Some South Africans finding innovative ways to beat COVID-19 lockdown blues

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The lockdown has forced some people to think out of the box to try bring smiles to others. From working on recipe books, to delivering lessons to township children on radio and online, many are trying to ensure life continues for the better during the national lockdown.

Restaurant owner,  Creasen Govender, will not be working or generating an income over the lockdown period. However, he has begun working on a recipe book containing old family secrets.

“I am in the restaurant business. So, I am not working from home. It’s been an absolute stressful time over the last 5 days. It’s tough. I’m trying to figure out what to do and to keep myself occupied. I am currently writing a recipe book based on secrets from the family. My wife is out on the field. She is in essential services. She is doing good, but I fear for her being out there during this time, whether she will come home safely.”

While the financial woes for many continue to consume their daily peace, many South Africans have chosen to embrace this adversity with positivity.

Father, Gabrielle Naidoo has found creative ways to distract himself and his family from worry and panic.

“I’m enjoying family time that we don’t normally enjoy with our busy jobs. I downloaded the Grade 2 syllabus for my son and we did school work. We had a fun day drawing and playing with his toys.”

Some animal lovers have even opened their hearts and homes to alleviate pressure on animal shelters.

Claire Stevens is a regular foster and decided that her family had space for one more in their home.

“My 11-year-old daughter and I took in a pup called Molly Moon from fallen Angels. At a time like this, it’s important to show love and care and help wherever possible. Molly is a sweetheart and is keeping us busy and distracted. Puppy cuddles are a real bonus right now.”


Meanwhile, some of the 125 homeless people being housed at a Community Hall in Kempton Park, in Ekurhuleni, are just happy to be off the streets for now, even if their new-found comfort may be short-lived.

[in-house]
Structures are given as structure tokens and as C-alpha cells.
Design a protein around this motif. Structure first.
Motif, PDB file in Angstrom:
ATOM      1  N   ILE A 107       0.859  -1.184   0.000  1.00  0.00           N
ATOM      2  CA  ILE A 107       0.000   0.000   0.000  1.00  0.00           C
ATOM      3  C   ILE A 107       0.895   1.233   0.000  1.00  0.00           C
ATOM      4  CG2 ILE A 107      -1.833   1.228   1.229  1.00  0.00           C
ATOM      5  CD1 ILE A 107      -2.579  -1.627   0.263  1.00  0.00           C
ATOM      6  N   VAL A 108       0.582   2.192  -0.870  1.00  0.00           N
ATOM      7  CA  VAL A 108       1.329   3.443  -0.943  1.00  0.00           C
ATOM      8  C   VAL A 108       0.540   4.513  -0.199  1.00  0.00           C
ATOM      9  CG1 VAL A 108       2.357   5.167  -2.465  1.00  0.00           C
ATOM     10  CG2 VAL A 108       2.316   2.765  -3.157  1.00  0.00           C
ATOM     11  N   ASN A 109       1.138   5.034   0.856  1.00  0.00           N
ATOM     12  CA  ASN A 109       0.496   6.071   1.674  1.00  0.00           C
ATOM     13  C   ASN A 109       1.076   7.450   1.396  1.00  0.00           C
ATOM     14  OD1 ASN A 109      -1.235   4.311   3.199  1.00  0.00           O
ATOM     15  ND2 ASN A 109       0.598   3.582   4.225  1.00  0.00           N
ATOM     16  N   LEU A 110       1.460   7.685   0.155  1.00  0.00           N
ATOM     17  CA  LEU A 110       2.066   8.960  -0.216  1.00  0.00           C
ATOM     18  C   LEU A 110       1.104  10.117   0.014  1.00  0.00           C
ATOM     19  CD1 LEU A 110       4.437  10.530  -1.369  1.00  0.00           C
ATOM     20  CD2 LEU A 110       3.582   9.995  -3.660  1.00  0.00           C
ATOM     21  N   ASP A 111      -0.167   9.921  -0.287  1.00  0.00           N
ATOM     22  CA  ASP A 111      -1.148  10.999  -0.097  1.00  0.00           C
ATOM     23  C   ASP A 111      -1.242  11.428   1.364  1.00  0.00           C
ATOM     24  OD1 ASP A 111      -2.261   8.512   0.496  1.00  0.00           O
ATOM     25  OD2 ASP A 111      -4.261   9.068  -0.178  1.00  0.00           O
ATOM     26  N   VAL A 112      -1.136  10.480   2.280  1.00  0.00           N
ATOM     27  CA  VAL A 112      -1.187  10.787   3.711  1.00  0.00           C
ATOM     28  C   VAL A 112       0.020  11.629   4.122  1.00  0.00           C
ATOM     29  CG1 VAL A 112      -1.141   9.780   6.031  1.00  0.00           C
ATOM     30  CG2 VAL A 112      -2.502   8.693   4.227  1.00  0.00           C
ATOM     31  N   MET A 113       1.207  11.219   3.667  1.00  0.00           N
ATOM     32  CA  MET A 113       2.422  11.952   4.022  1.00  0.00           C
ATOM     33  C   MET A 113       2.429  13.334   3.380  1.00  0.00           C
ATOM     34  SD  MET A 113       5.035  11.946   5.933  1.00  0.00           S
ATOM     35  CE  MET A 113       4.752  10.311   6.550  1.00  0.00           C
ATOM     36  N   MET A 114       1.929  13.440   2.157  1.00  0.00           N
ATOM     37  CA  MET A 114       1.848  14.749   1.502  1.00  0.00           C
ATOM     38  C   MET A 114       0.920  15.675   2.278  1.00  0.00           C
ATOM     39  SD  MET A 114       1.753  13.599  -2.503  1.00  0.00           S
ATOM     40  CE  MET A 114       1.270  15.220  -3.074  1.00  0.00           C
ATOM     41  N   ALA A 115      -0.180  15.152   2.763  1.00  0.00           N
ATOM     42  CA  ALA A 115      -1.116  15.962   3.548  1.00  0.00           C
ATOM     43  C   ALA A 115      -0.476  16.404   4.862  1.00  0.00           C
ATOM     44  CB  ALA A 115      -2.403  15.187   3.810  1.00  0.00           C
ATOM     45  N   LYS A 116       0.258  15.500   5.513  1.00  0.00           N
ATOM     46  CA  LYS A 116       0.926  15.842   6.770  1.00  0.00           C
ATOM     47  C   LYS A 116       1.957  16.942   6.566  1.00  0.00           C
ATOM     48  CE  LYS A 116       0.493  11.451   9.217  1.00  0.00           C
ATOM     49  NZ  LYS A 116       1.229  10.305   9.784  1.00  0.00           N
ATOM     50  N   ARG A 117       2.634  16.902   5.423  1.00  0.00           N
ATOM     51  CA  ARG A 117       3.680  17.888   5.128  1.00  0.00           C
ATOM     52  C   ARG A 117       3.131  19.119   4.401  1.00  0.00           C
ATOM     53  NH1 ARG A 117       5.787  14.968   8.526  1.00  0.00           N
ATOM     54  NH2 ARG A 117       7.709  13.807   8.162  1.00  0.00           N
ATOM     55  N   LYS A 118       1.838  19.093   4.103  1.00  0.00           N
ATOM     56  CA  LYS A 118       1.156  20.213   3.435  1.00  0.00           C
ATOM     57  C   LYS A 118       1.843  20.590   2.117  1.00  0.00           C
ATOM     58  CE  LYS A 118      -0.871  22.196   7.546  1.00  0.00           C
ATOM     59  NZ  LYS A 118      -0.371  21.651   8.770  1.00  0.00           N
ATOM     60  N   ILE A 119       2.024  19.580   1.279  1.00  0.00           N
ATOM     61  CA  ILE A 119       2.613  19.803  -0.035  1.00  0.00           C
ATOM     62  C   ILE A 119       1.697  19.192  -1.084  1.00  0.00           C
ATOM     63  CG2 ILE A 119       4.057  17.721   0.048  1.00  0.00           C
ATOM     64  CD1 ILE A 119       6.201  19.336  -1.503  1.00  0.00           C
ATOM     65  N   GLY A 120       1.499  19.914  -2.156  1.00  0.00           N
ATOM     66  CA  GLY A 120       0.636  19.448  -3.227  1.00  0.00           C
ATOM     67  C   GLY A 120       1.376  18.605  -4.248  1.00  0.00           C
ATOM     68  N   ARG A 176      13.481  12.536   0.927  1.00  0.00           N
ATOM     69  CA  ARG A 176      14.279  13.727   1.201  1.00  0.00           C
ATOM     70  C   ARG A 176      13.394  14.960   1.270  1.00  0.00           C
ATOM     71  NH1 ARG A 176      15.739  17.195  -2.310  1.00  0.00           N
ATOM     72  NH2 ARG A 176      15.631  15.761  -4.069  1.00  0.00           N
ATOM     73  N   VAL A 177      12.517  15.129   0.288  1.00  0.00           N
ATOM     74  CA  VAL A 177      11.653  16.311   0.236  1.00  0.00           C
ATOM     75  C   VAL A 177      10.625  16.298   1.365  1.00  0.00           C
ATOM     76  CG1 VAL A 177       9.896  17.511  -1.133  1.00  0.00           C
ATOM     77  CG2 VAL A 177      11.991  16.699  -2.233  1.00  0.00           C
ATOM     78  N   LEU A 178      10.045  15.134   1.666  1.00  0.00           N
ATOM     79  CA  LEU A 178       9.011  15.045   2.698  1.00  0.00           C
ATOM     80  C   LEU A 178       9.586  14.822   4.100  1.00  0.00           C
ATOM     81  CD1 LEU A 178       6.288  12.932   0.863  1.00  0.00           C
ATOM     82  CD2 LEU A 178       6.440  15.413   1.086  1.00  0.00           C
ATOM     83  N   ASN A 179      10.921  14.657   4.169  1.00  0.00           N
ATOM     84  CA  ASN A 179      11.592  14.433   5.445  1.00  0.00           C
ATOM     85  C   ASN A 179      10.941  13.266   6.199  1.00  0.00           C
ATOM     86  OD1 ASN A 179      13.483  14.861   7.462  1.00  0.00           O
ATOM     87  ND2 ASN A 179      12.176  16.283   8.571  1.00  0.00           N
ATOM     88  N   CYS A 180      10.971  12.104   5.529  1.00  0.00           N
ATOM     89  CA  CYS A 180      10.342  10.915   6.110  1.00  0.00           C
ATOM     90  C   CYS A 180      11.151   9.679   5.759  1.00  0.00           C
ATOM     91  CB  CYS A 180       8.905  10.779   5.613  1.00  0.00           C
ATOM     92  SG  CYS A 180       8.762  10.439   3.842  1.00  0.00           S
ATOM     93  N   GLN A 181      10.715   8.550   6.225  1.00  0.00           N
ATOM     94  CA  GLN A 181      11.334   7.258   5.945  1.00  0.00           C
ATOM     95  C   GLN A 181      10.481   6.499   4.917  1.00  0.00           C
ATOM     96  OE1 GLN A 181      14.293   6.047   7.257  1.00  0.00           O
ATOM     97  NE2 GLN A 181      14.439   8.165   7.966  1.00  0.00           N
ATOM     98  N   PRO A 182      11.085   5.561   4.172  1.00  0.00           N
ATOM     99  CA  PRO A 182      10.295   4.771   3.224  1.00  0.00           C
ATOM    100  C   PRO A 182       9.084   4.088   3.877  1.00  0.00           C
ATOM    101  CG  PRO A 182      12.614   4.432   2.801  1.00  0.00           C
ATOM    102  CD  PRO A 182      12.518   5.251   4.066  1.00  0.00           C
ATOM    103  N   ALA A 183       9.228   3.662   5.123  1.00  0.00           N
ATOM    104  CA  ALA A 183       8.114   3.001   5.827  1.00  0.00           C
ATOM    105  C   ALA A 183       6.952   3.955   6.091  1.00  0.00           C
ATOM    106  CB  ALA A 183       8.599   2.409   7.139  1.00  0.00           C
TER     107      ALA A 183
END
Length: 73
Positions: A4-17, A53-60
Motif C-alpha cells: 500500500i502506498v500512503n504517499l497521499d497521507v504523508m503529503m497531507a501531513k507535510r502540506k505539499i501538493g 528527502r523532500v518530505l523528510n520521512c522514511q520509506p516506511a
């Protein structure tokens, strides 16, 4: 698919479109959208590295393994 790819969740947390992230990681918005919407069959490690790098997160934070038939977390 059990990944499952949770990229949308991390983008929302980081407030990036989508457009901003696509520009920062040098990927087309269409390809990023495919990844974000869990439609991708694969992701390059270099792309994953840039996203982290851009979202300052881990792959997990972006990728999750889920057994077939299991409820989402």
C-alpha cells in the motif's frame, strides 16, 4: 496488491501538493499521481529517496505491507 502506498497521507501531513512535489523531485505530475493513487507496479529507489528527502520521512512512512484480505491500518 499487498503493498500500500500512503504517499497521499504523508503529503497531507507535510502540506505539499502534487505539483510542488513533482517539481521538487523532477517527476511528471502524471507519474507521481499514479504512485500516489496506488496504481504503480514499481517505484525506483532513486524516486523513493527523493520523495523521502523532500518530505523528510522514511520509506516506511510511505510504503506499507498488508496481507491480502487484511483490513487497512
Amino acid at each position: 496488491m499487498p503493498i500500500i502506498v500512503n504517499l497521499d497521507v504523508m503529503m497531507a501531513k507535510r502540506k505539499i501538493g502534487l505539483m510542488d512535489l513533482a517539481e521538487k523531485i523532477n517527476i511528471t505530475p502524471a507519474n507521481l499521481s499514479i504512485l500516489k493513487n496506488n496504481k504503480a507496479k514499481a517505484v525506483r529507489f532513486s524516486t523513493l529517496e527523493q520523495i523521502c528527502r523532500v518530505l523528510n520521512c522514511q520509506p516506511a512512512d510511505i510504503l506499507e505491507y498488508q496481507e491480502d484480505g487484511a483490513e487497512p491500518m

Even institutions are chipping in. The Joburg Theatre has partnered with community members from different townships, teachers and subject experts to assist in study material and methods for the Funda Endlini Home Education Programme.

The programme is distributed through community radio stations, newspapers.

Joburg Theatre Youth and Community Development Manager Ntsako Mkhabela says this is in preparation for back to school and June Exams.

“What we then do is that we can take plays and we can take the literature that is studied and we can bring that to life, either in audio form as we are proposed to do. We can make short clips that can be viewed via WhatsApp and YouTube, on Facebook. We can also have young people listen to the plays and be able to hear from an outside voice, what the story of My Africa or Macbeth should be like. We don’t know when this will end; we don’t know how long it will be. But what we do know is that life must go on. Children have to go to school. They have to finish their curriculum.”

Ten-year-old Happy Mathonzi from Alexandra, north of Johannesburg, says she hopes this programme will go a long way in helping with her learning.

“I stay with my grandmother. She is loving and caring, but she is not ‘educated’. Even when I’m at home, I don’t think anyone can help me with my subjects and my school education. I can listen to my subjects on radio, or read the newspaper. I can even use my grannies phone to google.”

Given the unpredictable COVID-19 situation, try to find a bit of positivity to put a smile on your face, or sprinkle a little joy to a stranger who might need a pick me up.